Patients present with a deep, boring pain worse on accommodation. There is perilimbal injecition, and the pupil may be irregular.
Acute ischaemic optic neuropathy
Acute ischaemic optic neuropathy is most commonly caused by giant cell arteritis. Vascular wall inflammation leads to eventual occlusion, causing infarction of the optic nerve. This should be recognised, and oral prednisolone started. 1mg/kg/day for four weeks seems pragmatic. As giant cell arteritis is the most common cause, temporal artery biopsies should be performed.
A non ischaemic neuropathy usually affects young women. Pain is worse on eye movement, and visual acuity is normally reduced. There may be a central scotoma. Make sure you exclude a space occupying lesion, and refer urgently to ophthalmology.
Eye pads do not speed up recovery, and may worsen things.
Dilating drops are no long recommended.
Topical corticosteroids have been shown to slow corneal epithelial and stromal healing, increase the risk of infection, and cause serious scarring and visual loss if a dendritic ulcer has been missed.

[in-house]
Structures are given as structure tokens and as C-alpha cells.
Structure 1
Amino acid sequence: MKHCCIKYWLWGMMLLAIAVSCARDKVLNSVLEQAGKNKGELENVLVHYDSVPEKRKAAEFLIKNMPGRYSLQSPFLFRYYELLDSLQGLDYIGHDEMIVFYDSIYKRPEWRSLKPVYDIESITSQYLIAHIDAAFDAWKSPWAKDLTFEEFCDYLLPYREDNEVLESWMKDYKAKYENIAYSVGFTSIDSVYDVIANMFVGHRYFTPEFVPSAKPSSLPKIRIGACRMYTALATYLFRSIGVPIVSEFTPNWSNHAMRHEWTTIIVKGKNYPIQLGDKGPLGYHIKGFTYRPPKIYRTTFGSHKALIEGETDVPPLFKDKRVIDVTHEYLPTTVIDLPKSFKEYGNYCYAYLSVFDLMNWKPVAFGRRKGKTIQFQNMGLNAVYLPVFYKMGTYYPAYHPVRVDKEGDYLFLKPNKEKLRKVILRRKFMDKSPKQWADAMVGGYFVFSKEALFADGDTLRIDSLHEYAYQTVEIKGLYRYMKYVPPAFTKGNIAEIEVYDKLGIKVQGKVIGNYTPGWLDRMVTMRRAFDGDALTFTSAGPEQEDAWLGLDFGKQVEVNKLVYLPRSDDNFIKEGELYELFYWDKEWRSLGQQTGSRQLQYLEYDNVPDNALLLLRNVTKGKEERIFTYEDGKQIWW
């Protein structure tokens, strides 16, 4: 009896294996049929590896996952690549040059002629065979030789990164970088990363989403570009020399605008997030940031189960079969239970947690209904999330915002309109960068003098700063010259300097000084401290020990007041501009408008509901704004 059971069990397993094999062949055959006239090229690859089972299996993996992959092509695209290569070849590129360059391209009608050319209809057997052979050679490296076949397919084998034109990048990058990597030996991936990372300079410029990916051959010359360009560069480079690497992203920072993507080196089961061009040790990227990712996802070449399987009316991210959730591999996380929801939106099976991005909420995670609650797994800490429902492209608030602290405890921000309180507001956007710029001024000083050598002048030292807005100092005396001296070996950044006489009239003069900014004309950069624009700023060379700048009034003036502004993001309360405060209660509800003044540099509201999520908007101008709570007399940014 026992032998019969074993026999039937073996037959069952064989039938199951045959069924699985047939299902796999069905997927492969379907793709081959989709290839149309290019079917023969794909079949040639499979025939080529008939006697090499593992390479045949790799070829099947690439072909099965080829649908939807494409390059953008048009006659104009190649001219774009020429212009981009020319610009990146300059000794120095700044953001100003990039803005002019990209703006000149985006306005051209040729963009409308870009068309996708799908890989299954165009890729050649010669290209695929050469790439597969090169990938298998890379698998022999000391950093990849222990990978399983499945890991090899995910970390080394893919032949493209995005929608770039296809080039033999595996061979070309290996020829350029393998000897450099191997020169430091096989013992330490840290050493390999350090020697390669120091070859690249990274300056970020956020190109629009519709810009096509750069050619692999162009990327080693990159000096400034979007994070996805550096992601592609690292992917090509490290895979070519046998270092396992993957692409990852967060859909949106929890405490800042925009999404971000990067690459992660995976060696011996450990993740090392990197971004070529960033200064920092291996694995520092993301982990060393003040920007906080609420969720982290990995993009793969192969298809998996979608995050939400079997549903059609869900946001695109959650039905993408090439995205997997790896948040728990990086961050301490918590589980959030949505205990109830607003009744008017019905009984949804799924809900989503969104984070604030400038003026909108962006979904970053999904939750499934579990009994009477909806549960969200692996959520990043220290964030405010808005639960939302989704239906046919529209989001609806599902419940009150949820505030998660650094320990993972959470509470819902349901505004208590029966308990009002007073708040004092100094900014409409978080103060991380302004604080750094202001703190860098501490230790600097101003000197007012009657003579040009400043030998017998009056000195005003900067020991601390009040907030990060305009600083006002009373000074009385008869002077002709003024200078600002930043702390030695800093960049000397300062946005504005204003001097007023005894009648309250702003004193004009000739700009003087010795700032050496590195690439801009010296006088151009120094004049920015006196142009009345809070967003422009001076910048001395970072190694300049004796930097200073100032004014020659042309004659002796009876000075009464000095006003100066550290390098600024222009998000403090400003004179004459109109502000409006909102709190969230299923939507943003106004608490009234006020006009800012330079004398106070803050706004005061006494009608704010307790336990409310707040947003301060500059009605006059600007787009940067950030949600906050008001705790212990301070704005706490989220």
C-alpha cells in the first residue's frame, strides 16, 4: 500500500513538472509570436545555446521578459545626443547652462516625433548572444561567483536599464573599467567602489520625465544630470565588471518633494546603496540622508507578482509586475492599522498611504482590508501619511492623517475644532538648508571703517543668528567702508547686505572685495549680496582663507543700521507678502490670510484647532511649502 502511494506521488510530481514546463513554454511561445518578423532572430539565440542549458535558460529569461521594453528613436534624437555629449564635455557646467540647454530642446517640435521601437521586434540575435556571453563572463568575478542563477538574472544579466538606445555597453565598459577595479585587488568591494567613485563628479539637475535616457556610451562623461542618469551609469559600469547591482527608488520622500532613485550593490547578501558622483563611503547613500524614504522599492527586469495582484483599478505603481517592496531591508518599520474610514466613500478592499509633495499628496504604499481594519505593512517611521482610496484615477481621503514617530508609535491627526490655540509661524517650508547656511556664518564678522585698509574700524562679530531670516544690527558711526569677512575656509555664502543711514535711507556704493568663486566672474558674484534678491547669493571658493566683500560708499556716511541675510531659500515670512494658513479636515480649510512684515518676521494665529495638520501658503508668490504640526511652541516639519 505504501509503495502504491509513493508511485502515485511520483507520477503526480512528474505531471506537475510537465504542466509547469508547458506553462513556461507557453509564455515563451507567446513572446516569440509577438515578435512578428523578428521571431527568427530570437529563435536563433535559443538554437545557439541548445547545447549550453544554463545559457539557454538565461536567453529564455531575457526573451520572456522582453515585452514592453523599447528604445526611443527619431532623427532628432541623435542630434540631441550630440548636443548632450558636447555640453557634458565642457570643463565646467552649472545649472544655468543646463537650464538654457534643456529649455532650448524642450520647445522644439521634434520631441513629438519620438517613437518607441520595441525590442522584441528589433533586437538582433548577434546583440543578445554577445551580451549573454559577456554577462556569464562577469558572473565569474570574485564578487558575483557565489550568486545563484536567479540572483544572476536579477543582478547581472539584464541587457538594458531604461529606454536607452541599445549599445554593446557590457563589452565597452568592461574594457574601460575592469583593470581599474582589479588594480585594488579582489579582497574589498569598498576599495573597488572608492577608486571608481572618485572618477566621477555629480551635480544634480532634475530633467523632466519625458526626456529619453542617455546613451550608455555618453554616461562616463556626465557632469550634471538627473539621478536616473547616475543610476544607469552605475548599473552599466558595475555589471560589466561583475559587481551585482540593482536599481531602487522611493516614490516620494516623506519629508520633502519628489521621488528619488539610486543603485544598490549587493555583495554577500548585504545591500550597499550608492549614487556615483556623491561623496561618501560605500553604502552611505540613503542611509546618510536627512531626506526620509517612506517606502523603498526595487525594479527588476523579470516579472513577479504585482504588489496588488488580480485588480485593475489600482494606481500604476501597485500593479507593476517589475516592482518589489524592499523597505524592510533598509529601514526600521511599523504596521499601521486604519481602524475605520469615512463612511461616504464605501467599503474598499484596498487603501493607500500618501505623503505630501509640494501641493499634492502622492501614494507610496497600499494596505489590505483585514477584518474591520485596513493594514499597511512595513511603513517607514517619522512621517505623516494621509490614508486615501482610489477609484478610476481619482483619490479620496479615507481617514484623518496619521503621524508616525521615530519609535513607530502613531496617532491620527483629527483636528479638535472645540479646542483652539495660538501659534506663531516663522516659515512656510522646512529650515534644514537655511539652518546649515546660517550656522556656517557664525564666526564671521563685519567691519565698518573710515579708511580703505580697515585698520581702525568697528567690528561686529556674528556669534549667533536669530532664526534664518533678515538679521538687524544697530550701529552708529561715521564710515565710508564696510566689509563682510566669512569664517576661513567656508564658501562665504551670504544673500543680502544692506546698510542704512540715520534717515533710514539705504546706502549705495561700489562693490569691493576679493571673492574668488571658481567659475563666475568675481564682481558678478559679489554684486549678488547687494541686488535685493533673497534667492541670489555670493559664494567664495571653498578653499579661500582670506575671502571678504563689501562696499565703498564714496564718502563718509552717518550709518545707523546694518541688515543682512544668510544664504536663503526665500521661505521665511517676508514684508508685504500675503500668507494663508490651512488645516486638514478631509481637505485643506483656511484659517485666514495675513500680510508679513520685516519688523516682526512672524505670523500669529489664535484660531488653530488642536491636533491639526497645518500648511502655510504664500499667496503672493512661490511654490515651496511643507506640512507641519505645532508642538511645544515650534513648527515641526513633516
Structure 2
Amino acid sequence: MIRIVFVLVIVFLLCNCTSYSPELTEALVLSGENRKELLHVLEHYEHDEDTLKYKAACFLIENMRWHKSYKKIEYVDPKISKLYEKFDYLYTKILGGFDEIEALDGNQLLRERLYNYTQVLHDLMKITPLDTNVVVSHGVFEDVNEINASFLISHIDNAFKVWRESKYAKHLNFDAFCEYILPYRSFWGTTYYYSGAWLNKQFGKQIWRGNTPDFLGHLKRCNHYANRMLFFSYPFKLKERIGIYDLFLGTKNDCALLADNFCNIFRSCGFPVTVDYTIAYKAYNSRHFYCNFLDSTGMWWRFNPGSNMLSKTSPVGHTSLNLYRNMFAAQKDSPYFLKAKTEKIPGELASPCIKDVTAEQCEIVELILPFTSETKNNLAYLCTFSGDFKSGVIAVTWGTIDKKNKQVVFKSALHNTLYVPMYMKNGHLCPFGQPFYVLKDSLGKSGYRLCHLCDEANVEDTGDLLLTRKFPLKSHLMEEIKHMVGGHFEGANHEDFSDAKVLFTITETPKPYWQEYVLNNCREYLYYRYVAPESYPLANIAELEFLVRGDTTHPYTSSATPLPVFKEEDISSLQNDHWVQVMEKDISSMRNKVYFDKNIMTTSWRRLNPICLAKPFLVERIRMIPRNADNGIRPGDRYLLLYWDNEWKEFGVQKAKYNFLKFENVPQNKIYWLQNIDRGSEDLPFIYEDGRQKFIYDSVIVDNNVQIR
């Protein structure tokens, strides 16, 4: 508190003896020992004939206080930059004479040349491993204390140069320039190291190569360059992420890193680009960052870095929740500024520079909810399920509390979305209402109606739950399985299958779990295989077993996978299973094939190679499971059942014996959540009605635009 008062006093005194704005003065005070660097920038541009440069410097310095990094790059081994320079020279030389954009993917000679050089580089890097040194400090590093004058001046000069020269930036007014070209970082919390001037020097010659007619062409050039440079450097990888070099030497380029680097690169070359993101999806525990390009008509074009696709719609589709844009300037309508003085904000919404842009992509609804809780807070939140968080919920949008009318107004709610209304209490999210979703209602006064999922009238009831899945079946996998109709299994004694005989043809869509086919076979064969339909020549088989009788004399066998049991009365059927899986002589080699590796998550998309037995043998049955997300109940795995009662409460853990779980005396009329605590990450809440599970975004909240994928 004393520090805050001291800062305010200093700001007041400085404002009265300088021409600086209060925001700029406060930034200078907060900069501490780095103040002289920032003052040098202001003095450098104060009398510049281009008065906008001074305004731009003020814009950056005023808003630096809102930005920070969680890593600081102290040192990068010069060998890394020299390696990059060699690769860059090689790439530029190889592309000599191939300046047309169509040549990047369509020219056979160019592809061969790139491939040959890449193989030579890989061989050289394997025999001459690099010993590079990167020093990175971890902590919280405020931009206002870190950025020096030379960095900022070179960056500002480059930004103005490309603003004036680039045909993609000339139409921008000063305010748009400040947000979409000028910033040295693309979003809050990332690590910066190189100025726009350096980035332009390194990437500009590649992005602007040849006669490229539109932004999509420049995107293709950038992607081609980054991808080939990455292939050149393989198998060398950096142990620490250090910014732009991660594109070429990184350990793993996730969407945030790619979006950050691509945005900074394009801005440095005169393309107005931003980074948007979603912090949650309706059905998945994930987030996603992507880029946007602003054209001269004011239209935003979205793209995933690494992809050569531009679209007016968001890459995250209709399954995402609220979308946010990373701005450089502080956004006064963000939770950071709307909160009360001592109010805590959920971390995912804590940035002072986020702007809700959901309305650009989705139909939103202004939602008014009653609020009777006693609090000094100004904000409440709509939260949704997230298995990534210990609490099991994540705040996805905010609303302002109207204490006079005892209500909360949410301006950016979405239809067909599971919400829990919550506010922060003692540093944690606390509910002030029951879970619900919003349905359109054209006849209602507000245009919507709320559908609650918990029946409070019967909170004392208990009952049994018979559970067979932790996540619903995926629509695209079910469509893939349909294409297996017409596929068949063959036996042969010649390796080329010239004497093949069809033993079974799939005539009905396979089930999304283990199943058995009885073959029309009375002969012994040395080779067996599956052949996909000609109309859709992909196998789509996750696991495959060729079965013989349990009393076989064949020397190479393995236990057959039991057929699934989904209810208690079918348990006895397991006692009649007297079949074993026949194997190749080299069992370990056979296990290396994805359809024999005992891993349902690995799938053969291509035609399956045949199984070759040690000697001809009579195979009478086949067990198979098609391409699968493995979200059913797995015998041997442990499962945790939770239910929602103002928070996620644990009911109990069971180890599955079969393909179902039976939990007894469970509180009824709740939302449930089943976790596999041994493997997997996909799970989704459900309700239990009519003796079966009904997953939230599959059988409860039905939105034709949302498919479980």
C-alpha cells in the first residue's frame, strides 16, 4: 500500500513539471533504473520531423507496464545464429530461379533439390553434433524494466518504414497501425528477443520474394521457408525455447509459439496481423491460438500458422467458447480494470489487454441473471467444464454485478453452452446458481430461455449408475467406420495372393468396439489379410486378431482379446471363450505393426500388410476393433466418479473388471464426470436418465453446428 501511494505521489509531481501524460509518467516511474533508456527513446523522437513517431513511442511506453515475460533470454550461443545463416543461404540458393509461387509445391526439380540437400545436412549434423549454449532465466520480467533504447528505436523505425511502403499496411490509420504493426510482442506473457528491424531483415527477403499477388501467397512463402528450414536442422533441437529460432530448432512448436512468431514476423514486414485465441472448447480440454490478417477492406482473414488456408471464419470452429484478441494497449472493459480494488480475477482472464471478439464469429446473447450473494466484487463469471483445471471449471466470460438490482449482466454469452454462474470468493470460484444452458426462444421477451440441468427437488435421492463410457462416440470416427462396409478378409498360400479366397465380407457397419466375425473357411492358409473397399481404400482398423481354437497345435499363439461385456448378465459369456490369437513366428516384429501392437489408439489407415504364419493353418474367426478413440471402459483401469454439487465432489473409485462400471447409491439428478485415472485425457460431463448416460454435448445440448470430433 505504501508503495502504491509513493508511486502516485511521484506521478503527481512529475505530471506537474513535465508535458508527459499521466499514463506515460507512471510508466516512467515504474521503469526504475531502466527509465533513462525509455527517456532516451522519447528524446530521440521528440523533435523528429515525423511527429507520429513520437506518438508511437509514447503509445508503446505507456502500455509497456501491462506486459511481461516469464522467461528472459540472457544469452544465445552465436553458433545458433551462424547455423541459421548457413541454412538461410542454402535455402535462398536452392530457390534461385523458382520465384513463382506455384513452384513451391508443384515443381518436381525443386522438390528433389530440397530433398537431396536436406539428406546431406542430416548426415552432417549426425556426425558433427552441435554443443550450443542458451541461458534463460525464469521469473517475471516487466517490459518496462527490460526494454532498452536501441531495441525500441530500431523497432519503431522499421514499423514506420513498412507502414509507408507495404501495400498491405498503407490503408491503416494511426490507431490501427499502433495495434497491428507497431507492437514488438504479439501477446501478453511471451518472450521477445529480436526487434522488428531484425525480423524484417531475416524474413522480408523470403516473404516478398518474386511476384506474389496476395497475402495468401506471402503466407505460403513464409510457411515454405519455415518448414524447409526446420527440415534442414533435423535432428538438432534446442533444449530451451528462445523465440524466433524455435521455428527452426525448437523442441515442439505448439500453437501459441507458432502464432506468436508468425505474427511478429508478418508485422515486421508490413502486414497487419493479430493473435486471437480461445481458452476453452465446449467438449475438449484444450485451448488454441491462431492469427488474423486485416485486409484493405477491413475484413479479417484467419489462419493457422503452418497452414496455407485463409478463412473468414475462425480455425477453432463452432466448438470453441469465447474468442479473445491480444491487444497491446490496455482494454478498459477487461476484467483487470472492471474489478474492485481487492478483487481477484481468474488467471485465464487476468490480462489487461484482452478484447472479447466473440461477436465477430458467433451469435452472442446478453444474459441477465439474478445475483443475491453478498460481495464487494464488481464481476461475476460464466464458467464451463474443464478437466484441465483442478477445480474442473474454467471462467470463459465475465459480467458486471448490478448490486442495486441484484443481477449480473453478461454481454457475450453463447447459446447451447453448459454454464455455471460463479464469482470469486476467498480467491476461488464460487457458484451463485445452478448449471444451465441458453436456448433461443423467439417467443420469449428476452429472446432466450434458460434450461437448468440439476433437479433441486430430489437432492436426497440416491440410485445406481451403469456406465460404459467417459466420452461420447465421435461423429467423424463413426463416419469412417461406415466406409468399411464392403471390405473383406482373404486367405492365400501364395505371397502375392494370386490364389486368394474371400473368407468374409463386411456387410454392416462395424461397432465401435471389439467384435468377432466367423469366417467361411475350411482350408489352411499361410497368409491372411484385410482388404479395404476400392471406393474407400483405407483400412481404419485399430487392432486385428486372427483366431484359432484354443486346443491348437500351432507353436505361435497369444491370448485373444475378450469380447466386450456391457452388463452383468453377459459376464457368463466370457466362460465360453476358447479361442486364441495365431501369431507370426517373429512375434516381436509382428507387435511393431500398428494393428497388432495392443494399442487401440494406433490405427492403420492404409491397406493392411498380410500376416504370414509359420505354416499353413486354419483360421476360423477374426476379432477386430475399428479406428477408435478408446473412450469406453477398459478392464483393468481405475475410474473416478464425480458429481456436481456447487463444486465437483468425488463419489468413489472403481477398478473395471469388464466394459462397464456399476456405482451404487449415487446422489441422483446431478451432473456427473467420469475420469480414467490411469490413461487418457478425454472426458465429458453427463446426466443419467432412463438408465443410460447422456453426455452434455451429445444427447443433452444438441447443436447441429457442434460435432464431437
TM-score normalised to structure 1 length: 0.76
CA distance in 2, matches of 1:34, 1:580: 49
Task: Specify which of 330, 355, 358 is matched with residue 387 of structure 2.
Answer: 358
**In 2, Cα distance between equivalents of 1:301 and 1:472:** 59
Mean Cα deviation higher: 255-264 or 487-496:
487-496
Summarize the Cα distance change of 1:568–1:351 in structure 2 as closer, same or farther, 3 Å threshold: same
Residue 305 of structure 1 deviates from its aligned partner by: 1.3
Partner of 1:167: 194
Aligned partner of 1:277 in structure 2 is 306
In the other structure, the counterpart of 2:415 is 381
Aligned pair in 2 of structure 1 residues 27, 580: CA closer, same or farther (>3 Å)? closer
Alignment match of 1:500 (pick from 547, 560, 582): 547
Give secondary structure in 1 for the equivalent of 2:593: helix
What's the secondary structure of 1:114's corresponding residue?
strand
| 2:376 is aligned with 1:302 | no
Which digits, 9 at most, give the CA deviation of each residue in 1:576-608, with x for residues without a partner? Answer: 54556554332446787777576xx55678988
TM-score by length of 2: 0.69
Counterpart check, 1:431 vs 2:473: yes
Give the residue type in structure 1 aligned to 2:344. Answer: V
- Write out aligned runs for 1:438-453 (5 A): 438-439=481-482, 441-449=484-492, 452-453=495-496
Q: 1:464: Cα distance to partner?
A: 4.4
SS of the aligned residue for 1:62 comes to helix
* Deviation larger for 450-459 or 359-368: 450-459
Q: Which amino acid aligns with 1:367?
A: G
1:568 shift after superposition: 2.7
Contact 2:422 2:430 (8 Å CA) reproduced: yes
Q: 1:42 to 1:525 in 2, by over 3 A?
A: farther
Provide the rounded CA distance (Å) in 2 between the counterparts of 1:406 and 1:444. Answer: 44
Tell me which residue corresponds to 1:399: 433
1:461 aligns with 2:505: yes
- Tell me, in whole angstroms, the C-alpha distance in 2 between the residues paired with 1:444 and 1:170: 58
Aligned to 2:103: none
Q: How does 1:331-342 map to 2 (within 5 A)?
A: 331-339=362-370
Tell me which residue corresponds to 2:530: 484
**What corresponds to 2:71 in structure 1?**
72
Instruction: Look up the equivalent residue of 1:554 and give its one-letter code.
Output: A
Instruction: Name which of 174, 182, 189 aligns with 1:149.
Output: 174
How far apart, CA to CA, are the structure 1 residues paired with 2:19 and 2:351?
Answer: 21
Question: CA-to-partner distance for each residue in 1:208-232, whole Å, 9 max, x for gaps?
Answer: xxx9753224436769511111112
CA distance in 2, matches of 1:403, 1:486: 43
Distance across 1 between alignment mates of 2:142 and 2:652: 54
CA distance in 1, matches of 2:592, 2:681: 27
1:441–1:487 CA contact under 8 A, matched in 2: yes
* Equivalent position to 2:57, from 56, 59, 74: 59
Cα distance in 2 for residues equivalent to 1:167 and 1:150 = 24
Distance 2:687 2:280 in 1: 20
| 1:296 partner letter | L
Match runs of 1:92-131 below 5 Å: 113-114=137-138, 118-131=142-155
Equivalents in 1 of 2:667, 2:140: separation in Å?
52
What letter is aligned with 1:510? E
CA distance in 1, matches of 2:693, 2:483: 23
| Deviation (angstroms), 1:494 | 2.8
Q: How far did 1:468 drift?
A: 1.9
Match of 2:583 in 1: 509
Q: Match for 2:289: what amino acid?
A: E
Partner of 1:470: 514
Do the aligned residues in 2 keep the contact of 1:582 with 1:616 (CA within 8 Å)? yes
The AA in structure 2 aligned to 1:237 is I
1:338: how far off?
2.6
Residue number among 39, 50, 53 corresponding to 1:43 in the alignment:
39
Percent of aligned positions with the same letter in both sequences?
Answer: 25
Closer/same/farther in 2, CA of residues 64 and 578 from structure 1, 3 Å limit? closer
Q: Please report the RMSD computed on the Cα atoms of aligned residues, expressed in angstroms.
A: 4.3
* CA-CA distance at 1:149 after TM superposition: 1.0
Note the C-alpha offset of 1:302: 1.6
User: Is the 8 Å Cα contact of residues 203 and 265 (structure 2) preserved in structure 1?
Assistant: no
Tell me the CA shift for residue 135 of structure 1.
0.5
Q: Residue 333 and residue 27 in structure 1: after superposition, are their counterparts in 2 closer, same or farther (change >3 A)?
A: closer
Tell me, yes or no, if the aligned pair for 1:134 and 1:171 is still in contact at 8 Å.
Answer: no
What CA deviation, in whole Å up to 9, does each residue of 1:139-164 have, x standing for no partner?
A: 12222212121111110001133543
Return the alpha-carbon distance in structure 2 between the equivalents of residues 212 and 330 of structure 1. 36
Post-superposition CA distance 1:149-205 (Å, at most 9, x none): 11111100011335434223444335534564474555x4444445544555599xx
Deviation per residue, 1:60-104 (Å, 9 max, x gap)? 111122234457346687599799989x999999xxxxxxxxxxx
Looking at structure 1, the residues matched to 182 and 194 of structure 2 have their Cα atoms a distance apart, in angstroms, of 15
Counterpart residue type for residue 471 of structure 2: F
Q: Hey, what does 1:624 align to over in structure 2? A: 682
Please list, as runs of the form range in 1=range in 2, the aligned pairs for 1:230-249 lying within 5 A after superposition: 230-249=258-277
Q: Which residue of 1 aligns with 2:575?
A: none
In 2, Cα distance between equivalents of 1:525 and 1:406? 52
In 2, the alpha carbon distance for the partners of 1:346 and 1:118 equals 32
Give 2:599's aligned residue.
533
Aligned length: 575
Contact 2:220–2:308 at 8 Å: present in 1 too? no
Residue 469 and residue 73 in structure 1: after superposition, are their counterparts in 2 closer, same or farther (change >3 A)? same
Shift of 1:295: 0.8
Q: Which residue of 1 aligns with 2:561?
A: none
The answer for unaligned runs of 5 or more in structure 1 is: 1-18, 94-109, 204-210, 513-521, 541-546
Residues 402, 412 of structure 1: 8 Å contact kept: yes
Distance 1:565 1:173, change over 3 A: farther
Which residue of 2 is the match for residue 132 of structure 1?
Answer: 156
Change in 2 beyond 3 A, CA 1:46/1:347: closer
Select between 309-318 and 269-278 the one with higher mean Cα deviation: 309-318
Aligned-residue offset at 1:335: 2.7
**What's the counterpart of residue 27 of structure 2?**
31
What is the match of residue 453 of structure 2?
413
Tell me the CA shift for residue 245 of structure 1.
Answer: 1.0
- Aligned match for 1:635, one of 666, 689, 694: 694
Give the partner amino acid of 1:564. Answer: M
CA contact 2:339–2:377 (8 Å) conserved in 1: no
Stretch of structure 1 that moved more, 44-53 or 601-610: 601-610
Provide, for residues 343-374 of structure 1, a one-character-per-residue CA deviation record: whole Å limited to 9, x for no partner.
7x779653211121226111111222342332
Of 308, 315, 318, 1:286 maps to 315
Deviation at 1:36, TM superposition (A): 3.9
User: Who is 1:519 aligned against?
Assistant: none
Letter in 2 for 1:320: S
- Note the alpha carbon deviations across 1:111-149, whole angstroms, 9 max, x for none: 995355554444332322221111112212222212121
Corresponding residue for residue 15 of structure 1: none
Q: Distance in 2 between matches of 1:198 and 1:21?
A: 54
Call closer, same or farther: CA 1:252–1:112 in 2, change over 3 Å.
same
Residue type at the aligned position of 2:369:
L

Topical antibiotics may reduce the risk of infective complications in patients with a corneal abrasion. In contact lens wearers an anti-pseudomonal antibiotic must be used.
Role of antibiotics is controversial.
Always prescribe topical antibiotics:
Purulent / mucopurulent secretion and patient discomfort and ocular redness
Patients and staff in nursing homes, neonatal units, critical care units etc
Children going to nursery
Contact lens wearers
Topical and oral analgesics may be used
A mydriatic (cyclopentolate) may be helpful for photophobia due to ciliary muscle spasm
Dispersed as a fine dust. Irrigation can worsen the symptoms as it's highly soluble in water. Place the patient in a room, and blow a fan across, making sure no cross contamination occurs.
History and Working out what happens
- Rapid is generally vascular or retinal detachment. Slower may be a space occupying lesion.
- Partial loss of vision must be differentiated between;
a loss of part of the visual field e.g. quadrantopia, hemianopia or central scotoma
a curtain coming down across the vision a typical description of a retinal detachment
flashes usually due to retinal ischaemia
floaters due to opacities in the vitreous after retinal detachment
Local anaesthetic may be needed. Cyclopentolate takes 15-30min to work, Tropicamide - takes 15-30min to work, Tetracaine = really stings